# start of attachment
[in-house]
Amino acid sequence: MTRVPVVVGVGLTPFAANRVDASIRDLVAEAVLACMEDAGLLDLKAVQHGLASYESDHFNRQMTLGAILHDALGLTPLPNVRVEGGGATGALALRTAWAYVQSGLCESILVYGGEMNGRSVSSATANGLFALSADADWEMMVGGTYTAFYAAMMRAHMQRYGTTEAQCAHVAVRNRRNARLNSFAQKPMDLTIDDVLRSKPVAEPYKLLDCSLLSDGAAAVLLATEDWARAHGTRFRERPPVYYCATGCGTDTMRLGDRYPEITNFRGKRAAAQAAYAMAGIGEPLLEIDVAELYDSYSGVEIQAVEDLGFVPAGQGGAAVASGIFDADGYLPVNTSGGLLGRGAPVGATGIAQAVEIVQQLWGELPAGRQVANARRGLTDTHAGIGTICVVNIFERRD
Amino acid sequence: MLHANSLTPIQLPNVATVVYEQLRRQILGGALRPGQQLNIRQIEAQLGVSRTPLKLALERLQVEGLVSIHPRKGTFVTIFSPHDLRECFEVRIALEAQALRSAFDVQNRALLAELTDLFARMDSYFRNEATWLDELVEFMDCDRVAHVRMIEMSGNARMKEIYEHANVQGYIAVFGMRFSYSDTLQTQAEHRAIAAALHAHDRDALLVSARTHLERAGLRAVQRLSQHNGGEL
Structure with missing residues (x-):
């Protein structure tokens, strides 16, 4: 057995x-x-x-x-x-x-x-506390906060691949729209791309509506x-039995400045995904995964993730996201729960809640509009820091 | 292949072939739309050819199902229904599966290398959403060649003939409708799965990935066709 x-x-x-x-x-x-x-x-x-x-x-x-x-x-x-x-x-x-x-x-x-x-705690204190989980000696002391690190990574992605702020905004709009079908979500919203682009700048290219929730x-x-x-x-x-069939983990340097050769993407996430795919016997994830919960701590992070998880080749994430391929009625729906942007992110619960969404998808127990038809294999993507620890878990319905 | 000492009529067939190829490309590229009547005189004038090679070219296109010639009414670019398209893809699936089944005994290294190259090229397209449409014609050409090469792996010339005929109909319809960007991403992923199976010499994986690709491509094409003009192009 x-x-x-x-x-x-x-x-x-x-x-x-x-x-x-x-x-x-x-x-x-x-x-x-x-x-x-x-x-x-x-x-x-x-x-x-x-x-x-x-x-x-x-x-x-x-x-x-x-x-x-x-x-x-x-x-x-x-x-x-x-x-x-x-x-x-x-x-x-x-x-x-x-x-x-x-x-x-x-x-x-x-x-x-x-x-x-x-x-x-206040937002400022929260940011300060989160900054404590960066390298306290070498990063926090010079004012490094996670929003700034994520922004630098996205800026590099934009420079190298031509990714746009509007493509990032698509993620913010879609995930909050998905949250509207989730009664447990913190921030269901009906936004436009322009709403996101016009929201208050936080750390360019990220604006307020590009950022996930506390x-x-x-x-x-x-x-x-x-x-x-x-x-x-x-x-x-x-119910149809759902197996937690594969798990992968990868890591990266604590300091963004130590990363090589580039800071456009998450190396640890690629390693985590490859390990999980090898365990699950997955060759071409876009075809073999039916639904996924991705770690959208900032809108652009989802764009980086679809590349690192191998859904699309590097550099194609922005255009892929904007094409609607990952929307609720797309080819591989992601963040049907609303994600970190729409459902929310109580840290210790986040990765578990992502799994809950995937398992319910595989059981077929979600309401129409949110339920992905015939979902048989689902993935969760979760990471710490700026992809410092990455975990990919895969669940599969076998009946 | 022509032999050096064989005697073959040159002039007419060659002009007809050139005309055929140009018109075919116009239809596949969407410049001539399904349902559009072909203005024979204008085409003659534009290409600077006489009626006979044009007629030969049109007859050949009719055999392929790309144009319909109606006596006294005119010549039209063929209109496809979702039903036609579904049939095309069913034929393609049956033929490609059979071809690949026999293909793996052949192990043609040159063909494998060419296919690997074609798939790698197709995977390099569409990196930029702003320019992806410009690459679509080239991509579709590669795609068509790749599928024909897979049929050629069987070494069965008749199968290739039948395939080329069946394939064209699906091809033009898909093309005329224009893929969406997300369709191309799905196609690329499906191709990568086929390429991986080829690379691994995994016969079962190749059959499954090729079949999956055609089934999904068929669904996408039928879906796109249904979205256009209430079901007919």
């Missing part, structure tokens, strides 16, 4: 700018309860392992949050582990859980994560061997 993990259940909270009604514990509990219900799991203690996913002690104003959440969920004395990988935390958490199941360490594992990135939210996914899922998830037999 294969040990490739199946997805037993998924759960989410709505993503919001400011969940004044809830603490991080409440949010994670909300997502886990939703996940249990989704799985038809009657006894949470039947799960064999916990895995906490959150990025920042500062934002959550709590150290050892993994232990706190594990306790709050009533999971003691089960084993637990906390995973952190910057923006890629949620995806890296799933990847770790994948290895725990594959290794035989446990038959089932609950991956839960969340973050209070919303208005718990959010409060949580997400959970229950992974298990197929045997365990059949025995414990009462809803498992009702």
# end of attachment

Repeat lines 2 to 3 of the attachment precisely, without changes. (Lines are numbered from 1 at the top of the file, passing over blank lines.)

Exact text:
Amino acid sequence: MTRVPVVVGVGLTPFAANRVDASIRDLVAEAVLACMEDAGLLDLKAVQHGLASYESDHFNRQMTLGAILHDALGLTPLPNVRVEGGGATGALALRTAWAYVQSGLCESILVYGGEMNGRSVSSATANGLFALSADADWEMMVGGTYTAFYAAMMRAHMQRYGTTEAQCAHVAVRNRRNARLNSFAQKPMDLTIDDVLRSKPVAEPYKLLDCSLLSDGAAAVLLATEDWARAHGTRFRERPPVYYCATGCGTDTMRLGDRYPEITNFRGKRAAAQAAYAMAGIGEPLLEIDVAELYDSYSGVEIQAVEDLGFVPAGQGGAAVASGIFDADGYLPVNTSGGLLGRGAPVGATGIAQAVEIVQQLWGELPAGRQVANARRGLTDTHAGIGTICVVNIFERRD
Amino acid sequence: MLHANSLTPIQLPNVATVVYEQLRRQILGGALRPGQQLNIRQIEAQLGVSRTPLKLALERLQVEGLVSIHPRKGTFVTIFSPHDLRECFEVRIALEAQALRSAFDVQNRALLAELTDLFARMDSYFRNEATWLDELVEFMDCDRVAHVRMIEMSGNARMKEIYEHANVQGYIAVFGMRFSYSDTLQTQAEHRAIAAALHAHDRDALLVSARTHLERAGLRAVQRLSQHNGGEL